FI 201-ILC Financial Management — Tully — TR 1:00-2:30
SPC 103-ILC Public Speaking — Fenley — MW 1:00-2:30
This learning community, intended for Nursing majors, looks at the cellular nutrition of eukaryotes (humans) vs. the nutrition of prokaryotes (bacteria). It also covers the similarities and differences in the structure, function and role of carbohydrates, proteins, lipids, vitamins and trace elements in humans and bacteria. Finally, it looks at the immunological aspects of nutrition across the human life span compared to the immunological aspects in disease prevention.
NR 224-ILC Nutrition & Health — STAFF — M 2:40-5:40
MI 200-ILC Microbiology — Bobbitt — MW 8:00-9:30
MI 200L Microbiology Lab — Select any section of MI 200L
GE 291-ILC Special Topics: German for International Business — Buck — MW 4:20-5:50
BU 211-ILC International Business (I) — Lo Re — MW 2:40-4:10
GE 291-ILC Germany: Making the Connections
A BEGINNING LEVEL, communication-based language course, including attention to cross-cultural differences, for those preparing for careers involving German/Austrian/Swiss - US companies and subsidiaries for students of international business, international affairs, and arts administration. In addition to beginning level language skills embedded in relevant business-related situations and contexts, the course will include discussion of German/Austrian/Swiss business mentality and cultural values, methods, practices, and on developing knowledge of German/Austrian/Swiss industry, companies and organizations, as well as vocabulary and contexts related to international affairs. Visit(s) to a New York area based German/Austrian/Swiss company or organization, and/or guest speaker(s) will be scheduled as possible.
It is anticipated that this course and potential course(s) in German for international business, affairs and arts administration can be developed into a sequence allowing students in these majors the opportunity to fulfill their language requirements with targeted courses, and that a course or courses might ultimately also be a combined with a travel component.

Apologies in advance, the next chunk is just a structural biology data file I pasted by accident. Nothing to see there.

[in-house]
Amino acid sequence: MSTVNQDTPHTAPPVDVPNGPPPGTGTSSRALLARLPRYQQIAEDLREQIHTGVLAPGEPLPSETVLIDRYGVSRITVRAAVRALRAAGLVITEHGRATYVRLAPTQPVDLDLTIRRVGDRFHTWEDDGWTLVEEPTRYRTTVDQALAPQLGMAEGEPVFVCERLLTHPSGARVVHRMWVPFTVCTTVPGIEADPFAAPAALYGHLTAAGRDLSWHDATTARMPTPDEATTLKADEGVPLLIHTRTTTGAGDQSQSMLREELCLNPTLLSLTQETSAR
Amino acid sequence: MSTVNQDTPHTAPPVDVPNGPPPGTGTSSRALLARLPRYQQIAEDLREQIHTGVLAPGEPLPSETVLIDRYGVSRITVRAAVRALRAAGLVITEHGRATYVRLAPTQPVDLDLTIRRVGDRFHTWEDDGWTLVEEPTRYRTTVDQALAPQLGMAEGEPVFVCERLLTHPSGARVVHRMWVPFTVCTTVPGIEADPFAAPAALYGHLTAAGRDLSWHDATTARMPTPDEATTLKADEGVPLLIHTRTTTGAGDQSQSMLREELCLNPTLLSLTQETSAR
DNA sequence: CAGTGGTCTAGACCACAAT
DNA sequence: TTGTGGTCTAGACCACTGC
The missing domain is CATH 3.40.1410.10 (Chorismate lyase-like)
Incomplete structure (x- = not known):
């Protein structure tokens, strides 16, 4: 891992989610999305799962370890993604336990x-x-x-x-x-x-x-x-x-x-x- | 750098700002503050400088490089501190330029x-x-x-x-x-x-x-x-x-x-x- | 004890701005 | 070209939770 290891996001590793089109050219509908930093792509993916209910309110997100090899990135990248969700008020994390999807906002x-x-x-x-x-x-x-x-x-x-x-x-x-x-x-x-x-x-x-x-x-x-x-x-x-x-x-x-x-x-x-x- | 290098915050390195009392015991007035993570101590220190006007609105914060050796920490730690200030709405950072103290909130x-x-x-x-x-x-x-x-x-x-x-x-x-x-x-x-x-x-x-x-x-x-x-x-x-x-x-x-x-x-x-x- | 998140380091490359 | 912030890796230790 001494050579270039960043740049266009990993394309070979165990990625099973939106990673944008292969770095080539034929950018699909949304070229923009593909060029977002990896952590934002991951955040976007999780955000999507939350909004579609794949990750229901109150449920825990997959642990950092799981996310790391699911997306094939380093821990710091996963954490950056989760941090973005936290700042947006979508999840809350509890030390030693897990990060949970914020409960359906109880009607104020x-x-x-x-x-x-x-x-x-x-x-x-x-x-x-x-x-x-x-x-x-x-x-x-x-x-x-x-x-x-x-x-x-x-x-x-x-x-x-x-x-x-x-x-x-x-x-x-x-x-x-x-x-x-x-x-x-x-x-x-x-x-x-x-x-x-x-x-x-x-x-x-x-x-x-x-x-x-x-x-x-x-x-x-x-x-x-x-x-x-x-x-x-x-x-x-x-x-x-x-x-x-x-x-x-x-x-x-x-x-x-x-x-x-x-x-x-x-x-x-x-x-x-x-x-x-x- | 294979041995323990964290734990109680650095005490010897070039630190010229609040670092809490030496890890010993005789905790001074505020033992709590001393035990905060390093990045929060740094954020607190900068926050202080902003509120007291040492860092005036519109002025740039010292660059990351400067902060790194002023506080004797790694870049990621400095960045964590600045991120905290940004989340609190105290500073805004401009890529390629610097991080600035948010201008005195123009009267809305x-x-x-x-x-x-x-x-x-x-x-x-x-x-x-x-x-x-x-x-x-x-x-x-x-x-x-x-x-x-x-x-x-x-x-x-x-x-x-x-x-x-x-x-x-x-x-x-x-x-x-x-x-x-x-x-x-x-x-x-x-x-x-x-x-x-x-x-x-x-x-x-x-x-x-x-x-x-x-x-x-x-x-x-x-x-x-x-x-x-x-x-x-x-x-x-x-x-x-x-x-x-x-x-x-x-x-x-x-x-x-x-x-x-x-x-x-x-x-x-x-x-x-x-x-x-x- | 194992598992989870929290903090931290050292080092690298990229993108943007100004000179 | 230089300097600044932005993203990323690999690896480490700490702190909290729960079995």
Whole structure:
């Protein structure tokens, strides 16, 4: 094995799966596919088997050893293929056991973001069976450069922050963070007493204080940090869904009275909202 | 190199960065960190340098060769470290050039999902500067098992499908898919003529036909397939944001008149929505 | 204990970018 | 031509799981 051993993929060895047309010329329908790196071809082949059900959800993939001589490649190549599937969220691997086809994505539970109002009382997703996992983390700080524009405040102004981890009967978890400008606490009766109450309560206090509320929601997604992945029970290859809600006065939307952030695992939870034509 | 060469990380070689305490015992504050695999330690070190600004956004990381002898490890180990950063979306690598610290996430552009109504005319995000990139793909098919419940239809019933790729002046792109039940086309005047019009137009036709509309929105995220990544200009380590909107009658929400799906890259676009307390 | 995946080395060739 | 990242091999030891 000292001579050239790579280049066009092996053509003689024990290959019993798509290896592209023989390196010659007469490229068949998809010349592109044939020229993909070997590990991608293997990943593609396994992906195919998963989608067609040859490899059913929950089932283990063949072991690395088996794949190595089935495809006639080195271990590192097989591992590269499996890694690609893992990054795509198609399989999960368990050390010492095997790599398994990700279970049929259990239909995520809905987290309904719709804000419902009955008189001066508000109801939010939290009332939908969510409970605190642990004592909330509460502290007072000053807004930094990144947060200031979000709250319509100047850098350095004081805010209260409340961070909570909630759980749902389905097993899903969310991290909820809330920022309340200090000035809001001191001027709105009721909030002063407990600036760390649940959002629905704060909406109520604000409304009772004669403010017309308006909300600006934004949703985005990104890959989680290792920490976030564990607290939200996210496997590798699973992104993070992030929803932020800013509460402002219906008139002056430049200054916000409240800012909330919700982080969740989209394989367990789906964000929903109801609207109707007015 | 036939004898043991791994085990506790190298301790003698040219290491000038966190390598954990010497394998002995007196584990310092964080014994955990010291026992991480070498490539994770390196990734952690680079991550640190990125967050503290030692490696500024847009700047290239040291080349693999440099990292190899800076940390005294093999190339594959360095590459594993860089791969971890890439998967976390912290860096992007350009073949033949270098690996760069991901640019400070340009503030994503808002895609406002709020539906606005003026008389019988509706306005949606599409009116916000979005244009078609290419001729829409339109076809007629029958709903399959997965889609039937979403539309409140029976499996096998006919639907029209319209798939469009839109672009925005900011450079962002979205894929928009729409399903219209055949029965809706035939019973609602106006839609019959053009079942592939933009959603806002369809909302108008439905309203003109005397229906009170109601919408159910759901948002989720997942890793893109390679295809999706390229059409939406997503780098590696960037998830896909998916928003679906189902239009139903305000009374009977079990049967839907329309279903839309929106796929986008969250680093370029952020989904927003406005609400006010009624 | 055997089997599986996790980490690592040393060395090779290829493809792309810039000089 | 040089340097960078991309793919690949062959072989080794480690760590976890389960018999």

One-Course, One-Unit Team-Taught ILCs Open Only to Transfer Students
This is one of the few college courses for which all students have a point of reference. You were all children once. This ILC will focus on the physical, emotional and cognitive development of children during the first decade of life. In addition, we will explore elements of childhood psychopathology, like depression and suicide and significant social issues, including childhood cancer and conceptions of death and bereavement in childhood. The logistical and theoretical information will be reinforced through depictions of this period of development in both film and literature. This will bring the material to life and make it more relevant to the lives of the children students will have contact with during the experiential component of the course.
NOTE: Students who are not transfer students may enroll in the course if there is space during the Drop/Add period. They do not have to complete the experiential component in the Early Childhood Center. Students must elect to register for the course in Psychology or MDS. Choose carefully, as this course will only count toward the discipline for which you enroll. Completion of this single course satisfies the ILC requirement.
PS 111-ILC Child Psychology — Oglio — W 2:40-5:40
MDS 111-ILC — Childhood in Film & Literature — Kiss W 2:40-5:40
Tentative Plans for ILCs in Spring 2015
To help students make decisions regarding ILCs, below is a partial list of tentatively planned ILCs for Spring 2015.
- Washington, DC Internship: GOV 395 (Washington Internship) and GOV 396 (Dynamics of American Government)
- Albany Internship: GOV 390 (New York State Gov. & Politics) and GOV 391 (New York Legislature Internship)
- MI 200 (Microbiology) and NR 224 (Nutrition & Health)
- BI 219 and lab (Gene Expression and Development) and PH 202 (Medical Ethics)
- GOV 272 (Feminist Political Thought) and NR 212 (Human Sexuality: Across the Life Span)
- AR 203 (Advertising Art I: Graphic Design) and MK 201 (Marketing)
This ILC introduces students to fundamental principles of marketing, as they can apply to art institutions. The two courses provide the core knowledge and skills necessary to be an effective marketer in the arts and entertainment industries. The marketing course will particularly cover the tactical side regarding how to implement effective marketing programs, such as demand forecasting, market research, sales promotion, advertising, publicity, etc. A marketing strategic plan project will require students to integrate skills learned in both class.
- EN 291 (Special Topics: African Cinema) and BU 291 (Special Topics: Conceiving, Designing, and Building a Film Industry)
This learning community explores both the business and the cultural challenges faced by a country trying to develop its film industry. Focusing on Ethiopia as a case study, we will compare its movies and its growing film industry to those in other countries.
- Team-taught ILC, one unit, students elect to earn credit for History or Psychology: HI 239 or PS 239 (From Table to Laboratory: Exploring Food Choice)